I want to display an image (say 800x800) with Matplotlib.pyplot imshow() function but I want to display it so that one pixel of the image occupies one pixel on the screen (zoom factor = 1, no shrink, no stretch).

I'm a beginner, so do you know how to proceed?

up vote 22 down vote accepted

Matplotlib isn't optimized for this. You'd be a bit better off with simpler options if you just want to display an image at one-pixel-to-one-pixel. (Have a look at Tkinter, for example.)

That having been said:

import matplotlib.pyplot as plt
import numpy as np

# DPI, here, has _nothing_ to do with your screen's DPI.
dpi = 80.0
xpixels, ypixels = 800, 800

fig = plt.figure(figsize=(ypixels/dpi, xpixels/dpi), dpi=dpi)
fig.figimage(np.random.random((xpixels, ypixels)))
plt.show()

Or, if you really want to use imshow, you'll need to be a bit more verbose. However, this has the advantage of allowing you to zoom in, etc if desired.

import matplotlib.pyplot as plt
import numpy as np

dpi = 80
margin = 0.05 # (5% of the width/height of the figure...)
xpixels, ypixels = 800, 800

# Make a figure big enough to accomodate an axis of xpixels by ypixels
# as well as the ticklabels, etc...
figsize = (1 + margin) * ypixels / dpi, (1 + margin) * xpixels / dpi

fig = plt.figure(figsize=figsize, dpi=dpi)
# Make the axis the right size...
ax = fig.add_axes([margin, margin, 1 - 2*margin, 1 - 2*margin])

ax.imshow(np.random.random((xpixels, ypixels)), interpolation='none')
plt.show()
  • Thanks Joe, I'll take a look at that. Frankly, I hadn't though about Tkinter but it could do the job. I'll look at it. Maybe it will solve my problem. – dom_beau Nov 9 '11 at 1:34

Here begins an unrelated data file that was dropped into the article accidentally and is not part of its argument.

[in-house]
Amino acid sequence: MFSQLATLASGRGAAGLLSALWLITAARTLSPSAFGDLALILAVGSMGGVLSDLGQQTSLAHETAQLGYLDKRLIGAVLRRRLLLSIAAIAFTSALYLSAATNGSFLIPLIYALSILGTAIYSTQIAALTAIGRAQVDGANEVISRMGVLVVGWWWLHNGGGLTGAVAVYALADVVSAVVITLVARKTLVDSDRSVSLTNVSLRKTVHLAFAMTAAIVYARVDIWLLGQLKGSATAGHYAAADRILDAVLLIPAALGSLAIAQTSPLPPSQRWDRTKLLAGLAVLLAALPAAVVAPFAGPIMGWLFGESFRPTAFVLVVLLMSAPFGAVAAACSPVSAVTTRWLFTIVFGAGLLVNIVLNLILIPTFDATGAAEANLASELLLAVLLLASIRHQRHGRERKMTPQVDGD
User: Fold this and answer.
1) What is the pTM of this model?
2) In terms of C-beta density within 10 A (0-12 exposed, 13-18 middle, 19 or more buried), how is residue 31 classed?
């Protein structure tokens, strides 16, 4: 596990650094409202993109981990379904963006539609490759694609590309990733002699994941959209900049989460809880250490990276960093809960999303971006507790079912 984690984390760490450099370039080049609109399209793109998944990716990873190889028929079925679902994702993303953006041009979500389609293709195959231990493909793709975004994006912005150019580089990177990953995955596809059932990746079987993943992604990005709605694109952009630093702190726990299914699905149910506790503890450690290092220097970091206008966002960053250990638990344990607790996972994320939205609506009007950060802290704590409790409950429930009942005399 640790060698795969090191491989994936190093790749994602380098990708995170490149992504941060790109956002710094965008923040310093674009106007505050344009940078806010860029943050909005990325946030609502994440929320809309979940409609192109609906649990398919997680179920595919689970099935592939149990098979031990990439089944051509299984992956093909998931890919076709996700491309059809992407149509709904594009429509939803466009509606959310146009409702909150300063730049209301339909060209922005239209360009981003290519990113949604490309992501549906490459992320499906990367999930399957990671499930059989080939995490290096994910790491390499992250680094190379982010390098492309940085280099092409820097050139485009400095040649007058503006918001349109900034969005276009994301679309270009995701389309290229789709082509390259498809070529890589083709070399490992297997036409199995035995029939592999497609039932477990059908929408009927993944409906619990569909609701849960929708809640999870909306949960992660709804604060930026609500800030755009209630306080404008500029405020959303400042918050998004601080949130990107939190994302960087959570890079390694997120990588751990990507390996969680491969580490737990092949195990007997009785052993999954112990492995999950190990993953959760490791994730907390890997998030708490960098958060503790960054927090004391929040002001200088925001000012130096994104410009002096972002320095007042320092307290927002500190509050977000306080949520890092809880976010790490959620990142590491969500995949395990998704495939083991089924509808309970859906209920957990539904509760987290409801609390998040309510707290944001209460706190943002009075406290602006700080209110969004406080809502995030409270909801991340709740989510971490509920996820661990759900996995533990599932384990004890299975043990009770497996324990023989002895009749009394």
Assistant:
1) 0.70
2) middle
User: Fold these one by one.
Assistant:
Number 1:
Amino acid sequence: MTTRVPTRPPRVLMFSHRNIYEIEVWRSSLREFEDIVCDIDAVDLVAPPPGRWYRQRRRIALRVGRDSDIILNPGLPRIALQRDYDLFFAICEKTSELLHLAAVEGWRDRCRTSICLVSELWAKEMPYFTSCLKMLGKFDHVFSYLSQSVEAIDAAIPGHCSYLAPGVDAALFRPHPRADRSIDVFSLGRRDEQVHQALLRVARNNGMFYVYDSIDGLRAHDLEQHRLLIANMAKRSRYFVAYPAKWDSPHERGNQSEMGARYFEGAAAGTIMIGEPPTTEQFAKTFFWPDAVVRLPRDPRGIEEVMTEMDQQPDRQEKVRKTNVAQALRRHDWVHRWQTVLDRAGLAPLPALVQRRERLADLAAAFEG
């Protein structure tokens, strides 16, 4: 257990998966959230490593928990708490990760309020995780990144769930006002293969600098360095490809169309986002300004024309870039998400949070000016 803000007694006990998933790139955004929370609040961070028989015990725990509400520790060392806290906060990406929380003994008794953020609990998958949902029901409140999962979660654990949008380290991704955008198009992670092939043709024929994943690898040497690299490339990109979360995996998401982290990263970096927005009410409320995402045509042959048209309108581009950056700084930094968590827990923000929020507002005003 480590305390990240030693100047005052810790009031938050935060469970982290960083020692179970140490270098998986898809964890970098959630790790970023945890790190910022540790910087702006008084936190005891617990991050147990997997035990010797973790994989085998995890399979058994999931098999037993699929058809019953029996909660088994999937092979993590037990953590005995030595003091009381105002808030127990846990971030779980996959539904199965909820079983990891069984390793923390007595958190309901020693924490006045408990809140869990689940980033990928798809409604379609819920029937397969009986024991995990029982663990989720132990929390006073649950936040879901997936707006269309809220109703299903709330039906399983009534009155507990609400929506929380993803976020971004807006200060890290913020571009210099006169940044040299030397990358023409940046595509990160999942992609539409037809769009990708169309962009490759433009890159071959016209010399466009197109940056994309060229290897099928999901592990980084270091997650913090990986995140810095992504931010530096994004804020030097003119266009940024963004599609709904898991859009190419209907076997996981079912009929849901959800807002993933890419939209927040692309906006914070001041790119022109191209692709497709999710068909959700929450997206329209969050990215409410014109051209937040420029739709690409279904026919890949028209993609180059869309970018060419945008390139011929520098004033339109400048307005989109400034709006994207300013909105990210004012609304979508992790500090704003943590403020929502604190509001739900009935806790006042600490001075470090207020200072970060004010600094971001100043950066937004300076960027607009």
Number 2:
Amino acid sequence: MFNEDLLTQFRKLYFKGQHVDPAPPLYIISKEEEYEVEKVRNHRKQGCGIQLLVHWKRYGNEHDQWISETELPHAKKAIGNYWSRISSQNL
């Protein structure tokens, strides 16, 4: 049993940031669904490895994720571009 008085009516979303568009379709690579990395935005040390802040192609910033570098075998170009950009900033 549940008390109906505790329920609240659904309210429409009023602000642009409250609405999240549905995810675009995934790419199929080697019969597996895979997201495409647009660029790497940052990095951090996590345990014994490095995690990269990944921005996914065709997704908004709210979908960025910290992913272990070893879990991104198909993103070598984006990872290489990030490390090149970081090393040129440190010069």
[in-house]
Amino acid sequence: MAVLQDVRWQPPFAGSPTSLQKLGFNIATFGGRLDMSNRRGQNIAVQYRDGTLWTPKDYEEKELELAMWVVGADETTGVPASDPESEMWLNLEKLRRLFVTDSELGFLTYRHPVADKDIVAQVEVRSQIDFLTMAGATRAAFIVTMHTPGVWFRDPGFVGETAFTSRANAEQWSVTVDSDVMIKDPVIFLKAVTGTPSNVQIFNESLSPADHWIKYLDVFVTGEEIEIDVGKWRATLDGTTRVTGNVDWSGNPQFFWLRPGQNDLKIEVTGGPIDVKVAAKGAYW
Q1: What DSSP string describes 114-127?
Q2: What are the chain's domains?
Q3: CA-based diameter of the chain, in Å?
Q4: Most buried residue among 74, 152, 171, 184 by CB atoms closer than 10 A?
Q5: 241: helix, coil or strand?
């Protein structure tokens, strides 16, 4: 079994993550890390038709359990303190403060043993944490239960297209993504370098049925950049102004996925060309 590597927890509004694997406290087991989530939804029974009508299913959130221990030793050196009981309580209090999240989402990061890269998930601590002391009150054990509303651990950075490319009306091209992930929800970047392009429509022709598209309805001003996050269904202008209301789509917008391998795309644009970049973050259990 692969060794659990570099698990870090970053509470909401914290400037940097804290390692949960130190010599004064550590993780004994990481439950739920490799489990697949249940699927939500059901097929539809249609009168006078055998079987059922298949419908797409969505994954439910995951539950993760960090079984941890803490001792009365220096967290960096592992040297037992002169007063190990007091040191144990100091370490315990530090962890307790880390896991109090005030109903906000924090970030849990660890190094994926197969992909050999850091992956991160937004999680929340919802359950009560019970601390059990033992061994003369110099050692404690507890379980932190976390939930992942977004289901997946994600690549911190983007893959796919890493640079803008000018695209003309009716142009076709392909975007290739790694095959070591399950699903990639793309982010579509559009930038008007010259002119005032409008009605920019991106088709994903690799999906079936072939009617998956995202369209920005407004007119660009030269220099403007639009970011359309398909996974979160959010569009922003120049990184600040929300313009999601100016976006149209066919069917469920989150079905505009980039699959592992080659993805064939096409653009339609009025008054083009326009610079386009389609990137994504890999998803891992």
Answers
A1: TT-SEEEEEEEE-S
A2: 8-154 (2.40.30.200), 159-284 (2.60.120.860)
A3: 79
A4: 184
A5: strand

• 2
    I suggested Tk mostly because it's in the standard library... If your image is already a numpy array, a great option is glumpy. code.google.com/p/glumpy I think pygame also has a lot of similar functionality, if you don't want to take the route of a full-blown gui toolkit. Good luck, at any rate! – Joe Kington Nov 9 '11 at 2:16
  • 2
    Joe, the first method with figimage() do perfectly the job. The key words are "adds a non-resampled array X to the figure." in the help... I need to display non-resampled black-and-white dithered image. – dom_beau Nov 10 '11 at 3:26
  • 1
    the other options don't have the ability to zoom or view coordinates as you hover mouse though? – endolith May 24 '15 at 5:07
  • 1
    @Kal - If you're using the inline or nbagg backends in an IPython notebook, they're completely different than "normal" matplotlib with regards to figure size. The figure size controls work a bit differently. I'd recommend avoiding inline figures in notebooks, unless you're wanting to make a static document. (Actually, I'd recommend avoiding notebooks altogether and just use "regular" IPython instead, but I'm an outlier in that regard.) – Joe Kington Nov 17 '15 at 17:54

If you don't really need matlibplot, here is the best way for me

import PIL.Image
from io import BytesIO
import IPython.display
import numpy as np
def showbytes(a):
    IPython.display.display(IPython.display.Image(data=a))

def showarray(a, fmt='png'):
    a = np.uint8(a)
    f = BytesIO()
    PIL.Image.fromarray(a).save(f, fmt)
    IPython.display.display(IPython.display.Image(data=f.getvalue()))

use showbytes() for show a image bytes string, and showarray() for show a numpy array.

  • Thanks for the suggestion. – dom_beau Jul 20 '17 at 15:10

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